'This is just the start' - the heart nurses breaking down professional boundaries | Our news

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'This is just the start' - the heart nurses breaking down professional boundaries

Nurses in the cath lab learn how to perform radial access

A medical procedure, once the preserve of experienced doctors, in which a tube is inserted through the wrist and onto the heart, has been performed by nurses at St Bartholomew’s Hospital.

Radial access, so-called after the radial artery, uses the wrist as an entry point for a catheter which is then threaded through the body’s network of blood vessels.

An alternative to femoral access, which punctures the thigh, it is the start of the process to diagnose and treat a number of conditions like clogged arteries and irregular heartbeats.

In most cases, radial access causes less discomfort than femoral access and means patients can get out of bed and walk around much sooner after their procedure.

Clinicians at Barts Heart Centre at St Bartholomew’s Hospital perform hundreds of radial access punctures each month as part of treatments such as an angioplasty.

Sara and Kev at work in the cath labTraditionally, it was only ever done by a specialist heart doctor, who would also lead the rest of the case.

Applications to the radial access programme opened in the hospital’s catheterisation labs last year.

Two band 6 nurses were chosen, and, after hours of training and simulation, have recently performed their first procedures.

Sara, a junior sister who has completed the course (pictured left with colleague Kevin), said: "It’s a dream come true.

"As a nurse, you see many punctures being performed each week, but I couldn't imagine being the one to do it.

"Doing it for the first time was overwhelming. I feel so fortunate to advance my practice in this way and I hope that many more of my colleagues will follow."

Barts Heart Centre is one of the first units in the UK to offer this training to its nursing staff.

We want colleagues to feel motivated and empowered

Senior sister Paola Ferraro said it was the logical next step for nurses who already have a close relationship with each cath lab patient.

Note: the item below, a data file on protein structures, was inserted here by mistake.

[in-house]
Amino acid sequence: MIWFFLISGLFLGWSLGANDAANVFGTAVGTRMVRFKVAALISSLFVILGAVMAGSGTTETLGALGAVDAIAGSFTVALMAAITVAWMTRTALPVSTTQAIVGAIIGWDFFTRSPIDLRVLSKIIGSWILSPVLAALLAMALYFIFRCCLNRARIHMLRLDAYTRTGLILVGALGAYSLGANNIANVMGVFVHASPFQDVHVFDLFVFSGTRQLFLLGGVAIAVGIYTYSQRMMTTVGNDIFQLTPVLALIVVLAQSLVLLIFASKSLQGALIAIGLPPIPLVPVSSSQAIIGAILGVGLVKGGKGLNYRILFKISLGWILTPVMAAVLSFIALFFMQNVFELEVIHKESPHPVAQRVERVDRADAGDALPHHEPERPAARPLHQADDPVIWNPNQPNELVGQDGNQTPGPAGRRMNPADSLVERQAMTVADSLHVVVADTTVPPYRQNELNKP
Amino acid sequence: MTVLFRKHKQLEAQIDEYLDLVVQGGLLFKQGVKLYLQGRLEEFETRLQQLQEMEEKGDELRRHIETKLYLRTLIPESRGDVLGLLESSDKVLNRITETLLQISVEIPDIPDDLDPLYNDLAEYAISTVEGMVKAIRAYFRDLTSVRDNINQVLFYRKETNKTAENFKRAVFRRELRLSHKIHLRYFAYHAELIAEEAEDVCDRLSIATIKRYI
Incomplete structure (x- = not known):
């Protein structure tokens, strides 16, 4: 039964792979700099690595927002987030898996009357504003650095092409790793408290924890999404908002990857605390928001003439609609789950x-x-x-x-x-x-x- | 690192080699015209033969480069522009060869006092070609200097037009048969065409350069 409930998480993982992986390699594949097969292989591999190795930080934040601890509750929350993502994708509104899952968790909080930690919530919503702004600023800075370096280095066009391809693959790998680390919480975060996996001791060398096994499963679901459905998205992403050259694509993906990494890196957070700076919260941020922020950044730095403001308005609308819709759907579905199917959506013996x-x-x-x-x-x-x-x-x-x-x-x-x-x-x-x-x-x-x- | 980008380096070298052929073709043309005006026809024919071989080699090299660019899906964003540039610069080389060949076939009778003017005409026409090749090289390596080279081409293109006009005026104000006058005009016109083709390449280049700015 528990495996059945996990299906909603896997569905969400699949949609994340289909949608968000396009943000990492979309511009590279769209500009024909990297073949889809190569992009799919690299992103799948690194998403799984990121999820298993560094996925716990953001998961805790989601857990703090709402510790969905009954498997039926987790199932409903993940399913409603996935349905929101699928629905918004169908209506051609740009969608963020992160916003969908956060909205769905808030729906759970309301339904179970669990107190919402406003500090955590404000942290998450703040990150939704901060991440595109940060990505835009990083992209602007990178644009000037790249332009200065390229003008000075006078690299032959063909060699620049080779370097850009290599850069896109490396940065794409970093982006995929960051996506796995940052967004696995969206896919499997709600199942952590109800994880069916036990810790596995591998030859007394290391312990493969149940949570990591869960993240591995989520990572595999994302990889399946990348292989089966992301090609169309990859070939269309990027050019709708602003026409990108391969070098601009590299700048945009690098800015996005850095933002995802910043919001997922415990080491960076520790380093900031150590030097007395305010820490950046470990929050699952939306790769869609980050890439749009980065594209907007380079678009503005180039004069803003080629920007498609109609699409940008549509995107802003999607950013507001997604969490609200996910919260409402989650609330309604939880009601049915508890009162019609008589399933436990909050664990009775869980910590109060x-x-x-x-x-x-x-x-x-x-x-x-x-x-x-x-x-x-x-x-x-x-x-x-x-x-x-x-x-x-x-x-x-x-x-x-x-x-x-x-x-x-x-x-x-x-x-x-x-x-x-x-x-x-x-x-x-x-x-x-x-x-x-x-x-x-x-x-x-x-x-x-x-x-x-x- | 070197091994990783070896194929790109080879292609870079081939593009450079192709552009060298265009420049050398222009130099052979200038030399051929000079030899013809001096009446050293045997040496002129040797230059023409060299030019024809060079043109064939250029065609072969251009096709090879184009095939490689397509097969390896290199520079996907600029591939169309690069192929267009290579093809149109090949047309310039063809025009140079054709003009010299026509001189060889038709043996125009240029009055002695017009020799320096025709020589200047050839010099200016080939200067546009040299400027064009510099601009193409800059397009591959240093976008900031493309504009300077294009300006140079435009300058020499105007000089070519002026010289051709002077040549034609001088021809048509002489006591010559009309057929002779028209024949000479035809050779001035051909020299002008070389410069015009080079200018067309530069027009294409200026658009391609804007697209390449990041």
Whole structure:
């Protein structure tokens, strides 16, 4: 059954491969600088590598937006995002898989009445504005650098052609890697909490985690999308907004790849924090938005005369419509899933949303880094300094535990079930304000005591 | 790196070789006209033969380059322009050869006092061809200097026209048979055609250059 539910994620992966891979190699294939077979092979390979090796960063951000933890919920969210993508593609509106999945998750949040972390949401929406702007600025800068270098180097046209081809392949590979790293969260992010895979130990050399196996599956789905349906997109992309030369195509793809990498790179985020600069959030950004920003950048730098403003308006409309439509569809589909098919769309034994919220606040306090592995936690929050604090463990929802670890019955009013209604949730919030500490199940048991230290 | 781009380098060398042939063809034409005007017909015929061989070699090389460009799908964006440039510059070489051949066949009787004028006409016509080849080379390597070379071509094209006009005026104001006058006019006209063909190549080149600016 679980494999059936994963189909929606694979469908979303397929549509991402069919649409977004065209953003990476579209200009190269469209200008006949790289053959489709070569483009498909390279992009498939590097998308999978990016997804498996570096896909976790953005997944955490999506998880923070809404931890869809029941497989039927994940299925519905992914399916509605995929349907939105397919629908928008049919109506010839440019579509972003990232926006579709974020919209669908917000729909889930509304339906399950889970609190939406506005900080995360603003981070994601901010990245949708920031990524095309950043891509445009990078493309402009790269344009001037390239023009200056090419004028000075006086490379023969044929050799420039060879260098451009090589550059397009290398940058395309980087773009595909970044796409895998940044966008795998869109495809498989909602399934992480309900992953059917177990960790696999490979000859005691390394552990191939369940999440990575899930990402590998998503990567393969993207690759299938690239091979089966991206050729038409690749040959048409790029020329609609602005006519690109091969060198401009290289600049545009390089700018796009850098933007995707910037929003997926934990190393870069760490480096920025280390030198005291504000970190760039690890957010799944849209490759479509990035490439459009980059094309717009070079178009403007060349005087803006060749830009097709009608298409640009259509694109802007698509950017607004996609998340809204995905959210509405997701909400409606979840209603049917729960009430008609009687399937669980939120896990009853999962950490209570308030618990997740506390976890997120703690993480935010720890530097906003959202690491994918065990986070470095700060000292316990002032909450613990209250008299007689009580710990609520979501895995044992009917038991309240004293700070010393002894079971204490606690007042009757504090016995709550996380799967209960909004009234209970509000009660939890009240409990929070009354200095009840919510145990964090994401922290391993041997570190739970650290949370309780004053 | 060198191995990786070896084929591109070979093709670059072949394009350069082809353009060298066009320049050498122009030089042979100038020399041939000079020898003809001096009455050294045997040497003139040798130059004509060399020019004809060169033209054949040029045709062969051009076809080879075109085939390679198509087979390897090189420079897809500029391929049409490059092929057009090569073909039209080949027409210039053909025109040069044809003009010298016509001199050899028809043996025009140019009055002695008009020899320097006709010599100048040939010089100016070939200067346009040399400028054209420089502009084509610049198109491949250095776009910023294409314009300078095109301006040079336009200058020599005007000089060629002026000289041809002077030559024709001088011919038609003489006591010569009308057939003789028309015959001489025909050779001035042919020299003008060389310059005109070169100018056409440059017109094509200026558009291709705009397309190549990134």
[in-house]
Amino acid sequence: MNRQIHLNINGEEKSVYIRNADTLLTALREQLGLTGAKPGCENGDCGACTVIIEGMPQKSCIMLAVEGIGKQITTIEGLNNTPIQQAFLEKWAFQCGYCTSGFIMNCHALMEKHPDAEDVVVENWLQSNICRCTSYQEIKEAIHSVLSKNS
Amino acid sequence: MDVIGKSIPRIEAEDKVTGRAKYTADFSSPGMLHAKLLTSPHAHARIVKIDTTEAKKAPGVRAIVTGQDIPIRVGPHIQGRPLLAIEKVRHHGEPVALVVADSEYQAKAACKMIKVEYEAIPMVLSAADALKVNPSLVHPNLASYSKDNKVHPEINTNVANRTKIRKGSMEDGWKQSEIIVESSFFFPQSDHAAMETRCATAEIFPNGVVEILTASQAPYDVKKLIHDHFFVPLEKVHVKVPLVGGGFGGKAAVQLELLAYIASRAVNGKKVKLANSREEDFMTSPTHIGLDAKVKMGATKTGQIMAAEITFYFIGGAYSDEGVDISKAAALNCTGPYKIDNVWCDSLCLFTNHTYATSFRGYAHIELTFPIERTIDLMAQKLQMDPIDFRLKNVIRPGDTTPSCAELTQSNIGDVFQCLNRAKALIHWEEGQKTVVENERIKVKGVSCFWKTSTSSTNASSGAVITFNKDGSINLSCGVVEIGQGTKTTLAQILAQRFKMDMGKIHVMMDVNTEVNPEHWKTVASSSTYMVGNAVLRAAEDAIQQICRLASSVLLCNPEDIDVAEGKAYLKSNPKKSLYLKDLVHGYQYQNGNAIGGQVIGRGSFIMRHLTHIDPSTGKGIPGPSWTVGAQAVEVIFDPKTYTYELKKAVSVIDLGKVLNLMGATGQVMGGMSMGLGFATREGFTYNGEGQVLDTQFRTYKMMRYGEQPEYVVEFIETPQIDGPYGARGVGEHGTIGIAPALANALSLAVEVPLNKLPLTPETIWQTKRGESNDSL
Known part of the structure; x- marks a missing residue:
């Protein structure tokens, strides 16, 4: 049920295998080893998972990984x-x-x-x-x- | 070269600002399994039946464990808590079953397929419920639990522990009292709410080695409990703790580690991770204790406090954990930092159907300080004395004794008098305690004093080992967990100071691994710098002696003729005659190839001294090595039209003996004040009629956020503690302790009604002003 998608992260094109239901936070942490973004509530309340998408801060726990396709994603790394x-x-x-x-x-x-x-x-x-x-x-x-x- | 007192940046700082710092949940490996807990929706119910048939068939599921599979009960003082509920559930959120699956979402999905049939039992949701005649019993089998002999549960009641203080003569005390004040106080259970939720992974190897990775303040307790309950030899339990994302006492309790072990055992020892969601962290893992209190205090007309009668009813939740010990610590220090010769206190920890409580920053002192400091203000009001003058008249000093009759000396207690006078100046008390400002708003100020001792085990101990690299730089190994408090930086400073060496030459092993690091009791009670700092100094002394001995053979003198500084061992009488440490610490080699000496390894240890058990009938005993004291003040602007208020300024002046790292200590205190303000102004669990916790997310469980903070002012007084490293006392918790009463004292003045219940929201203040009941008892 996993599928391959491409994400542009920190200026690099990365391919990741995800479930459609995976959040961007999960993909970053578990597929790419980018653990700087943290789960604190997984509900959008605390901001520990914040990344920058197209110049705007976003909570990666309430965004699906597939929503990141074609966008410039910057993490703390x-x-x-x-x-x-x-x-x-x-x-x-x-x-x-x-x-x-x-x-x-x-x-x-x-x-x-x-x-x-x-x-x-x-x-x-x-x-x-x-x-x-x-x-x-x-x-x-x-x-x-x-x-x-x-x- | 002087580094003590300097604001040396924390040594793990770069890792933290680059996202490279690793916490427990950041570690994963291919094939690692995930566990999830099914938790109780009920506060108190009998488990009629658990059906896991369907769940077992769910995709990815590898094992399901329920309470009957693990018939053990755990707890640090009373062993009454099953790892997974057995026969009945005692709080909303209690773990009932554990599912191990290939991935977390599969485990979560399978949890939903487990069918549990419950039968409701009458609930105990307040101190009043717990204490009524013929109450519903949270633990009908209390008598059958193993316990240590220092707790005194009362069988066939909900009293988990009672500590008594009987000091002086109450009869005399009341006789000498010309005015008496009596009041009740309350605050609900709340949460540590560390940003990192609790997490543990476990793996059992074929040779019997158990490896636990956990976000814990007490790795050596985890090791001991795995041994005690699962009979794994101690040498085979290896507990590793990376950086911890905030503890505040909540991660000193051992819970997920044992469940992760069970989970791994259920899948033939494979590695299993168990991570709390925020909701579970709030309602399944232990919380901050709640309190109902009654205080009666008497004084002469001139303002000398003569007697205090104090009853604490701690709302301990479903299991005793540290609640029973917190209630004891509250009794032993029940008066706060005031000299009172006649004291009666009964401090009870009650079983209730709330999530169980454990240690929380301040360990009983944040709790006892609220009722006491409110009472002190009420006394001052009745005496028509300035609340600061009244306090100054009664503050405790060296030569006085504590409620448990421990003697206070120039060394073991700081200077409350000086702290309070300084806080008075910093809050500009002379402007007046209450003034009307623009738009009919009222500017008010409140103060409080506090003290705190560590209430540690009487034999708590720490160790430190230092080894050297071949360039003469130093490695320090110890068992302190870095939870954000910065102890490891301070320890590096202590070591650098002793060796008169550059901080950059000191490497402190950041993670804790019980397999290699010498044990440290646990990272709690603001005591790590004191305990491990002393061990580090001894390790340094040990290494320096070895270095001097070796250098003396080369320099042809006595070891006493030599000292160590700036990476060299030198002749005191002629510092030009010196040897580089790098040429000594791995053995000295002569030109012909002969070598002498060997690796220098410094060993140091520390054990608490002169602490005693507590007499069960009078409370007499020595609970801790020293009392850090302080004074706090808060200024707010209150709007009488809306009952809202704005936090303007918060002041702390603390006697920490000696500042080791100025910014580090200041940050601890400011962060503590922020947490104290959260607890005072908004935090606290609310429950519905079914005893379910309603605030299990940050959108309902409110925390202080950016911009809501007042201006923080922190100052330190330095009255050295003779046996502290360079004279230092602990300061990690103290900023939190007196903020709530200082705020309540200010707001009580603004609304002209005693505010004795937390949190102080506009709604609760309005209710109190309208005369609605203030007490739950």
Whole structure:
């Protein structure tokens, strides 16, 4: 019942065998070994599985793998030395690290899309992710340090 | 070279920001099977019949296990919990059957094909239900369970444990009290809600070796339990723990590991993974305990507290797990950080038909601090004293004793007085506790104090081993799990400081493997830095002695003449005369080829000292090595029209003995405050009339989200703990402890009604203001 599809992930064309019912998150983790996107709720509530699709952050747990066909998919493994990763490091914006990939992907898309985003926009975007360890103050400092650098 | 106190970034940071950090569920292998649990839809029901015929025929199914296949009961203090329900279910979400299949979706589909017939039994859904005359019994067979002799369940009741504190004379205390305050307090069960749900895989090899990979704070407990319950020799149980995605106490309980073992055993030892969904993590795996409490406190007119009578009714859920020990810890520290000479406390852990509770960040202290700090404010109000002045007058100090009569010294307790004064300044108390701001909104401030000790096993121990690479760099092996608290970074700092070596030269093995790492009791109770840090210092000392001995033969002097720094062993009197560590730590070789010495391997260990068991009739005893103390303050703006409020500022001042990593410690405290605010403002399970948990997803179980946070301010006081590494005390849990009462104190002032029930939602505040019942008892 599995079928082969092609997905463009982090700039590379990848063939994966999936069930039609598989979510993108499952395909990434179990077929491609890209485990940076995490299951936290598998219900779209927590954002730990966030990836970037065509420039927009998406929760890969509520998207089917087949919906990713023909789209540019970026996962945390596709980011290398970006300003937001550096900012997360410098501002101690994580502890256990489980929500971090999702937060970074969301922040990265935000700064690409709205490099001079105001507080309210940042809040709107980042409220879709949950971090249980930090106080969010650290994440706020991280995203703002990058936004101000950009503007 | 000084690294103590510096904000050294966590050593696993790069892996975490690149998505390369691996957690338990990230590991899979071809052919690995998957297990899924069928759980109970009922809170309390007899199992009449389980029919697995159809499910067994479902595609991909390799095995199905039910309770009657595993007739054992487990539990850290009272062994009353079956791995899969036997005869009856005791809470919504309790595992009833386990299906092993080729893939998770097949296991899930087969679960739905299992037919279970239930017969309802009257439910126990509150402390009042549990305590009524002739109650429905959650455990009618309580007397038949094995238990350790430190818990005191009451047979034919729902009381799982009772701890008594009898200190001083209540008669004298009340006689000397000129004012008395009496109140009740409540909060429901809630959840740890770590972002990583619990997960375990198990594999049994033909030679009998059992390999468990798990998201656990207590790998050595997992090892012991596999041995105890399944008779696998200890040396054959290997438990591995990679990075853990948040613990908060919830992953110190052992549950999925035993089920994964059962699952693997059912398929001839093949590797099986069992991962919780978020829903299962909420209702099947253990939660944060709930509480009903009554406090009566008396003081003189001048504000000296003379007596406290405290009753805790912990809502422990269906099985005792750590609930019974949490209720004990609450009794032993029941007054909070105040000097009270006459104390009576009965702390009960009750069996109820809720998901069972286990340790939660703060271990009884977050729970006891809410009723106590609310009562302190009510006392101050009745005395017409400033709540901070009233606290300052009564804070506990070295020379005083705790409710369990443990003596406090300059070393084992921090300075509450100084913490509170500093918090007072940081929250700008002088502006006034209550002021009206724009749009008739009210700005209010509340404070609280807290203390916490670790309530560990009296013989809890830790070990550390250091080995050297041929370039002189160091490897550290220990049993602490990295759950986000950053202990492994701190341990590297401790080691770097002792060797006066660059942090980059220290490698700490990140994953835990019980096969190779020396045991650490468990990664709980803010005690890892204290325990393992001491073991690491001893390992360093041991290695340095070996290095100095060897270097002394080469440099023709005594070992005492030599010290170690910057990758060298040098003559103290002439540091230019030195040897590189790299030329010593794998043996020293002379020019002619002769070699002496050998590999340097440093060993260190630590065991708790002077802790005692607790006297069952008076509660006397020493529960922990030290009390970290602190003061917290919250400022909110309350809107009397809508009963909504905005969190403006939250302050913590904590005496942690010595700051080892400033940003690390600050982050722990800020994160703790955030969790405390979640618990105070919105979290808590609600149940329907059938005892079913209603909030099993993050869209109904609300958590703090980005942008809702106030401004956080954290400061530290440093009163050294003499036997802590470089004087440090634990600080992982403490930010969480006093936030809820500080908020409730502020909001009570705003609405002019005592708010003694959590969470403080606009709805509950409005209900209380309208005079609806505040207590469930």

It also shows our commitment to professional development.

She said: "We want our colleagues to feel motivated and empowered and to continue their career with us.

"There are so many possibilities now for nursing. We hope this is just the start."

After a successful pilot, they hope to offer the training to more nursing staff in the future.

The team are also exploring how the project has increased efficiencies in the department by freeing up medical time.

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Add a response »
  1. Renjith Vincent Monday, 17 April 2023 at 05:33 PM

    Congratulations Sara & team! This is amazing work.

  2. Jane Corless Tuesday, 18 April 2023 at 09:37 AM

    I wish to point out that we had a nurse angiographer at our Cath Lab in Whipps Cross who performed 260 cases between 2011 and our closure in 2018, and between 2016-18 123/134 of her cases were performed radially, since we had mostly switched to that route. She worked long and hard to gain all her competencies with support from our consultant cardiologists here at WX.

  3. Jane Corless Tuesday, 18 April 2023 at 12:27 PM

    I will point out that we had a nurse angiographer here at Whipps Cross who performed more than 250 cases between 2011 and our Cath Lab closure in 2018, of which 123 were done radially (during the last 3 years). She worked long and hard to gain all her competencies, supported by the WX Cardiology Consultants and this should also be acknowledged.

  4. Carlo Friday, 21 April 2023 at 11:56 AM

    Congratulations! Welcome to the club of radial access nurses!

  5. lee Monday, 24 April 2023 at 01:46 PM

    How to join the team? This is great news :)

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